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Traffic Management Initiatives (TMIs) are programs and tools that ATC may use to manage air traffic. These initiatives can take a number of forms, depending on the need and situation. Some TMIs are used to manage excess demand or a lowered acceptance rate at a particular airport. Other TMIs are used to manage traffic issues in the en route environment. TMIs can generally be divided into 2 categories - terminal and en route.
Terminal TMIs are airport-specific, in that they directly impact arrivals into a particular airport. This is contrasted with programs like AFPs which can affect numerous airports due to en route issues.
It is important to note that terminal TMIs are airport-specific. For example, if there is a ground stop or GDP at White Plains, NY (HPN), flights to Morristown, NJ (MMU) are not affected by that TMI.
Enroute TMIs, as their name implies, are used to manage air traffic in the en route segment of flight. Only one en route TMI can actually generate an EDCT for a flight - the Airspace Flow Program (AFP). AFPs behave in a similar fashion to GDPs, but control flights into a particular block of airspace instead of a particular airport.
The remaining en route TMIs can generate flight delays either before departure, or while enroute. However, many of these initiatives are implemented to avoid delays altogether, as in the case of SWAP or preferred routes.
Commonly Used Traffic Management Initiatives
While there are quite a few TMIs that traffic managers can utilize on a daily basis, there are several that are commonly used and that operators should be the most familiar with.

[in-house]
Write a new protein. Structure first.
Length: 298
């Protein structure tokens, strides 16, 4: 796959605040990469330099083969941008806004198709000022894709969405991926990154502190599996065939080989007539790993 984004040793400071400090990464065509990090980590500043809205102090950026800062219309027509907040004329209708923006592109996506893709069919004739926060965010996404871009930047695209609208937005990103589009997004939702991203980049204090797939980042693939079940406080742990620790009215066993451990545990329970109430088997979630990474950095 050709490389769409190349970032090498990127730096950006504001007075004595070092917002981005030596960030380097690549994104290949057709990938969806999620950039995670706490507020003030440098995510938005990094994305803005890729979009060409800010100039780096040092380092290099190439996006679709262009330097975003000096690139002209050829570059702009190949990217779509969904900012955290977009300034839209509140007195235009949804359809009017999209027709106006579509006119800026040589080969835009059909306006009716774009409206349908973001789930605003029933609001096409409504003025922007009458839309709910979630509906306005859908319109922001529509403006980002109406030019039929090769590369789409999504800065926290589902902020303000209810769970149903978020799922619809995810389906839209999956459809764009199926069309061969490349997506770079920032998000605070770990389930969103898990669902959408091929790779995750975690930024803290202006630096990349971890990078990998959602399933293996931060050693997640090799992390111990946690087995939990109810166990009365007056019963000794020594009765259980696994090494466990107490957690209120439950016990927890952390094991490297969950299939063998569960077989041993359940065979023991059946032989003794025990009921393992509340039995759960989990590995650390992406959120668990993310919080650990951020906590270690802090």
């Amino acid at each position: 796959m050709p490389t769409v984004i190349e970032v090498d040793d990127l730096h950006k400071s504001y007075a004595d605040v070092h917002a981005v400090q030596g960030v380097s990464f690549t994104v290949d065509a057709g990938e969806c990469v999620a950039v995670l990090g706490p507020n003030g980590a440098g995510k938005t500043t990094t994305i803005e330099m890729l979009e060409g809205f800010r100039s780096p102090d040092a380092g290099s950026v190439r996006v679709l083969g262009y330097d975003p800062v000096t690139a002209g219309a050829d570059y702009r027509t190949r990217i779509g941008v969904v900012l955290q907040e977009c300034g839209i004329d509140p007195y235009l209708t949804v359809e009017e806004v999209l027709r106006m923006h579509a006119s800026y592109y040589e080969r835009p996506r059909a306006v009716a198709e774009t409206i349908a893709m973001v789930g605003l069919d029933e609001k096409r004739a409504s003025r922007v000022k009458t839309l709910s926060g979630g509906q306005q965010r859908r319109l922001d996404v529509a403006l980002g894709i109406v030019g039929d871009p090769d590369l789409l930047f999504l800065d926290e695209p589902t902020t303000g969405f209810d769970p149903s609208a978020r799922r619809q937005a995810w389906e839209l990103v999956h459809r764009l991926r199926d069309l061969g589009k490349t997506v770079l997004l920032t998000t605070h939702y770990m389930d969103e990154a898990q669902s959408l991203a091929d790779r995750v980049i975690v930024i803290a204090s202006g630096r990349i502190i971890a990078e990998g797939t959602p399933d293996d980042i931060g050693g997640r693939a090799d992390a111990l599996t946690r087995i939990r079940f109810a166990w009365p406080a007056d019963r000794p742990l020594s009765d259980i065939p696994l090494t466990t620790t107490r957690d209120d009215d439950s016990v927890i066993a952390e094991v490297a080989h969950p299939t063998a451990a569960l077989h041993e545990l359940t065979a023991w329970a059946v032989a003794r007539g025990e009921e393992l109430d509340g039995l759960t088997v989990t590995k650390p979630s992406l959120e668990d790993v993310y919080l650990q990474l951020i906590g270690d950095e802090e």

A Ground Stop is an initiative requiring aircraft that meet specific criteria to remain on the ground at their origination airports due to a constraint at their destination airport. They are generally used for relatively short-term constraints, lasting 2 hours or less. Ground stops are the most restrictive form of TMI. More information about Ground Stops.
A Ground Delay Program (GDP) is a traffic management initiative where aircraft are delayed at their departure airport in order to reconcile demand with capacity at their arrival airport. Flights are assigned departure times, which in turn regulate their arrival time at the impacted airport. GDPs can be run in one of three different modes: Delay Assignment (DAS) mode, GAAP mode, and Unified Delay Program (UDP) mode. The UDP mode GDPs are now the most commonly used form of GDP. More information about Ground Delay Programs
Introduced in 2006, Airspace Flow Programs (AFPs) marked a significant new step in en route traffic management. An AFP is a traffic management process that identifies constraints in the en route system, develops a real-time list of flights that are filed into the constrained area, and distributes expect departure clearance times (EDCTs) to meter the demand through that area. Like GDPs, AFPs can be run in DAS, GAAP, or UDP mode. More information about Airspace Flow Program
Miles-in-trail describes the number of miles required between aircraft departing an airport, over a fix, at an altitude, through a sector, or along a route. MITs are used to apportion traffic into a manageable flow, as well as provide spacing for additional traffic (merging or departing) to enter the flow of traffic. More information about Miles-in-Trail
Traffic Management Advisor (TMA), otherwise known as time-based metering, is a relatively new air traffic management tool that seeks to schedule aircraft to an active runway threshold with the least amount of delay. The idea is to assign delays on the ground to prevent excessive holding, thereby saving fuel and increasing safety. More information about TMA